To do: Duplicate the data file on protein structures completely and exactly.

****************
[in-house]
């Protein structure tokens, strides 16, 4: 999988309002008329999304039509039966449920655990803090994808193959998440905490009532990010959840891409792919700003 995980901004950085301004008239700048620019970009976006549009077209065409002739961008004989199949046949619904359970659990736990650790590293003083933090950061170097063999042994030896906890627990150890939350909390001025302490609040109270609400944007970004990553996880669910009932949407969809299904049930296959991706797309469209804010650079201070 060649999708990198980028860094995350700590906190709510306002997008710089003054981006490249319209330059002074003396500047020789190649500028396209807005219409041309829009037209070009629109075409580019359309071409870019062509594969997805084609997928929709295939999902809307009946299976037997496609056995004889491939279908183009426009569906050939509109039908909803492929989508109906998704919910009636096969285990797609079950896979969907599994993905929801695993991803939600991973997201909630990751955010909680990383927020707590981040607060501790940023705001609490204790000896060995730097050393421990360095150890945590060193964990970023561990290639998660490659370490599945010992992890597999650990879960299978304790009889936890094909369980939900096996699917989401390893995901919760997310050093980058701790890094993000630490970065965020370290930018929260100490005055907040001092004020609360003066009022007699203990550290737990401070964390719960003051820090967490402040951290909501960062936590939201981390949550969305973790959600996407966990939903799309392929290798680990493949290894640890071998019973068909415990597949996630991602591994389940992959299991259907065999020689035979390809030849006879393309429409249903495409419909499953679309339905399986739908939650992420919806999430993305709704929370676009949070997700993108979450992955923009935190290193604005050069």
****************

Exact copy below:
[in-house]
């Protein structure tokens, strides 16, 4: 999988309002008329999304039509039966449920655990803090994808193959998440905490009532990010959840891409792919700003 995980901004950085301004008239700048620019970009976006549009077209065409002739961008004989199949046949619904359970659990736990650790590293003083933090950061170097063999042994030896906890627990150890939350909390001025302490609040109270609400944007970004990553996880669910009932949407969809299904049930296959991706797309469209804010650079201070 060649999708990198980028860094995350700590906190709510306002997008710089003054981006490249319209330059002074003396500047020789190649500028396209807005219409041309829009037209070009629109075409580019359309071409870019062509594969997805084609997928929709295939999902809307009946299976037997496609056995004889491939279908183009426009569906050939509109039908909803492929989508109906998704919910009636096969285990797609079950896979969907599994993905929801695993991803939600991973997201909630990751955010909680990383927020707590981040607060501790940023705001609490204790000896060995730097050393421990360095150890945590060193964990970023561990290639998660490659370490599945010992992890597999650990879960299978304790009889936890094909369980939900096996699917989401390893995901919760997310050093980058701790890094993000630490970065965020370290930018929260100490005055907040001092004020609360003066009022007699203990550290737990401070964390719960003051820090967490402040951290909501960062936590939201981390949550969305973790959600996407966990939903799309392929290798680990493949290894640890071998019973068909415990597949996630991602591994389940992959299991259907065999020689035979390809030849006879393309429409249903495409419909499953679309339905399986739908939650992420919806999430993305709704929370676009949070997700993108979450992955923009935190290193604005050069």